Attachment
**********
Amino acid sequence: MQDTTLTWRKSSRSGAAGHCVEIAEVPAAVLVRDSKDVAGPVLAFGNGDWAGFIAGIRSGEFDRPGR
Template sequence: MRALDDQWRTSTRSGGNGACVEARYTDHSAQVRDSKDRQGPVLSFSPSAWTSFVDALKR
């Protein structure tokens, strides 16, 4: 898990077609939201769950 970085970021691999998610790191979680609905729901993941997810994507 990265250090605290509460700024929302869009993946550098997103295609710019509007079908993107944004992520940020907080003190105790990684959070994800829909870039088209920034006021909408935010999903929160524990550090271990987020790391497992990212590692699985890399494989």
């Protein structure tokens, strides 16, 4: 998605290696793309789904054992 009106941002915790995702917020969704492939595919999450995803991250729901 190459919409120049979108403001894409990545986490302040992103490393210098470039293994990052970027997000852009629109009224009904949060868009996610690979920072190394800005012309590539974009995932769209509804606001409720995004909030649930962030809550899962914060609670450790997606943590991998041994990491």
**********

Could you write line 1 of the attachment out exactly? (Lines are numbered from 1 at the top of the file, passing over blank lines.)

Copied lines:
Amino acid sequence: MQDTTLTWRKSSRSGAAGHCVEIAEVPAAVLVRDSKDVAGPVLAFGNGDWAGFIAGIRSGEFDRPGR